First, here we go with the whole "it's not his time" bull. That it's not his time, that Obama is not ready, that the world is not ready for a black man to be POTUS. "It's not a matter of being inexperienced. It's a matter of being young," Young said. "There's a certain level of maturity ... you've got to learn to take a certain amount of (expletive)." "There are more black people that Bill and Hillary lean on," Young said. "You cannot be president alone. ... To put a brother in there by himself is to set him up for crucifixion. His time will come and the world will be ready for a visionary leadership."

Let's ask Mr. Young to tell us the age at which he became Ambassador to the United Nations: 45. Obama would take office at the age of 47, one year older than Bill Clinton was when he took the oath. But perhaps it's not really age; perhaps what Young is really getting at is the fact that Senator Obama has not followed the party machinery's rules for ascendancy or that his street cred as a black politician was not honed during the civil rights era, where any "credible" black politician must have experience. Where any "credible" black politician must have 100% support from black people, as if he is to be judged by the color of his skin rather than the content of his character. Well, it's a new day, Mr. Young. A new era. A new time. Oprah nailed it during her speech today in South Carolina when she asked, "There are those who say it's not his time, that he should wait his turn. Think about where you'd be in your life if you'd waited when people told you to." How many women and minorities (and no doubt white men too) have heard those words about a promotion or a job change? "You're not ready yet. It's not your turn. Next time." It's bull when they say it to you, and it's bull when they say it about Obama.

Next, we move onto the risible statement that "Bill is every bit as black as Barack."
"He's probably gone with more black women than Barack," Young said of former President Clinton, drawing laughter from a live audience. Young, 75, was quick to follow his comment on Bill Clinton with the disclaimer, "I'm clowning." Clowning, perhaps. But in what time, place or manner is that funny? Sleeping with many black women makes you a black man? That fidelity to your wife makes you less of a black man? Mr. Young is a relic, and an unfunny one at that.

But what Mr. Young does show, on a positive and yet ironic note, is the universality of Barack Obama's candidacy. Some will say that Obama's "inability" to get the vote of African-Americans like Andrew Young point to a weakness in his campaign. I believe the opposite is true. Obama is speaking to--and for--Americans of all races and religions and ethnicities and socioeconomics. Obama is not The Black Candidate for President. He's the candidate for President who happens to be black. There is a tremendous difference between the two, and the latter is why people stuck in the cycle of politics as usual can't understand Obama's momentum. They want to have the same old arguments and the same old battle lines because that is the only way they know how to operate; their power and celebrity come from lining up along those same shopworn battle lines every time an issue erupts. The Youngs and the Clintons and Bushes and the Giulianis and the Jesse Jacksons need the playing field to remain the same because their power is derived from keeping it that way. Hence their vested interest in telling us he can't win and it's not his time and not his turn. But as the Senator said today in South Carolina, "When folks tell me I can't do something, that's when I like to do it. That's when I like to show 'em wrong...Don't tell me I can't do something...'Cause we're doing it!"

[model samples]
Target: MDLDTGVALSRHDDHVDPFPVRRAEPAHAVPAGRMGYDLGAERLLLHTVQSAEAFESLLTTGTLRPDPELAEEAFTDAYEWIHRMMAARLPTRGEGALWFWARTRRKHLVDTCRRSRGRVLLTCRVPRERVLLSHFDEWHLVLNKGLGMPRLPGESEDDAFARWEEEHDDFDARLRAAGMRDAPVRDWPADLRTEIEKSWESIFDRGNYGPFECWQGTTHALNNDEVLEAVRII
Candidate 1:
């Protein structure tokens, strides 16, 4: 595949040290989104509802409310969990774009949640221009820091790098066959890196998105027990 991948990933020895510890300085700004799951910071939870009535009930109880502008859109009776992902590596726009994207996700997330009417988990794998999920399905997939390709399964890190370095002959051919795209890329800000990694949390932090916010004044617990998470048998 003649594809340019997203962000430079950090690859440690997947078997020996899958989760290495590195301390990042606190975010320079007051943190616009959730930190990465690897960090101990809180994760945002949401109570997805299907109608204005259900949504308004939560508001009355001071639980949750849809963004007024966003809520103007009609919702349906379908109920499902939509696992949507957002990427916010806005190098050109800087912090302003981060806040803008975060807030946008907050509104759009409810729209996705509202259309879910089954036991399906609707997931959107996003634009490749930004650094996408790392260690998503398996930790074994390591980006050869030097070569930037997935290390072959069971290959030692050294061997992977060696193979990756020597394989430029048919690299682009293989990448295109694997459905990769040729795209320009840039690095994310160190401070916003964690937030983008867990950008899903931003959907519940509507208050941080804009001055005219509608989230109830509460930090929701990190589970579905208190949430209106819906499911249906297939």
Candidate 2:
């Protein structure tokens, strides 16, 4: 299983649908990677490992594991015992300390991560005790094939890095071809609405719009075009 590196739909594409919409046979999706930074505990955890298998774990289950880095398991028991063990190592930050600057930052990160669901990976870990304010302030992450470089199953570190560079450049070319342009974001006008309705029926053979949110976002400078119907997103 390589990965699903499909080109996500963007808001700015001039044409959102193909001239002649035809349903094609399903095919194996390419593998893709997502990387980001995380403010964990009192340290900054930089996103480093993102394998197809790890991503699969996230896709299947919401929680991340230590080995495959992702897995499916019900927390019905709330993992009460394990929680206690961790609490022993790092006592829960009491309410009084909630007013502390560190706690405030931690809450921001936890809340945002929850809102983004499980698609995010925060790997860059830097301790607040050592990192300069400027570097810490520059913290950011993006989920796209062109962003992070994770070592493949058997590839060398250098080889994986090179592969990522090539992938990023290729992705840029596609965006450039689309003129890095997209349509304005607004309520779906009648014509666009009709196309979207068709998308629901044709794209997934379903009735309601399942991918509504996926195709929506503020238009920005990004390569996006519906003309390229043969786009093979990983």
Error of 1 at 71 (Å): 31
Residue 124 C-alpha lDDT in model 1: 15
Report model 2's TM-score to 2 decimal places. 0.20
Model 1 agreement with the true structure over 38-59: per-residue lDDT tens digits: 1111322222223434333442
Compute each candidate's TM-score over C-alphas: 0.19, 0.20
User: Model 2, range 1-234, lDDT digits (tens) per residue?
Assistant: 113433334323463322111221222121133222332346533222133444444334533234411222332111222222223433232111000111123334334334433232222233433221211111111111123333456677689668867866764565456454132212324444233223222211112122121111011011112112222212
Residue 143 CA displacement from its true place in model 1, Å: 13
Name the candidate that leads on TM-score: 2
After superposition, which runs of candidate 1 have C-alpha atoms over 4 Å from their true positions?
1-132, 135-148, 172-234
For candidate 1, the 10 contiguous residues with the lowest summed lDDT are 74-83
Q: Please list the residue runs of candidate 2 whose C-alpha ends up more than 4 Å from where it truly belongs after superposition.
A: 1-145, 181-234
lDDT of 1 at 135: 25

Click on to see the videos of today's speech. He's still honing his stump speech, and you can see him take fire about twelve minutes in. The funniest part being where he says, "The name George W. Bush will not be on the ballot," he said, a remark that brought the crowd to its feet for several minutes. "The name of my cousin Dick Cheney won't be on the ballot," Obama added, a reference to their more than 300-year-old, distant family connection. "That was some embarrassing stuff when that came out." And when he says he's "releasing all my kindergarten papers tomorrow" in response to the Clinton campaign's "revelation" that he wrote something called "I want to be president" in kindergarten to show he was lying about not running for POTUS to realize some long-held dream.

Watch the video all the way to the end when he and the crowd are chanting "Fire It Up!" "Ready to Go!" And tell your friends who might be wondering yea or nay: This IS his time. This is OUR time. America needs Obama.

Quickie Bio on Obama:

Saturday, December 08, 2007

More on the Mortgage Meltdown

A lengthy and completely-worth-reading assessment of the situation and how it's going to get exceedingly worse before it gets better. I don't think I've read a better summary of what's going on and why.

And this, on how some borrowers might be able to game the system to qualify for the rate freeze: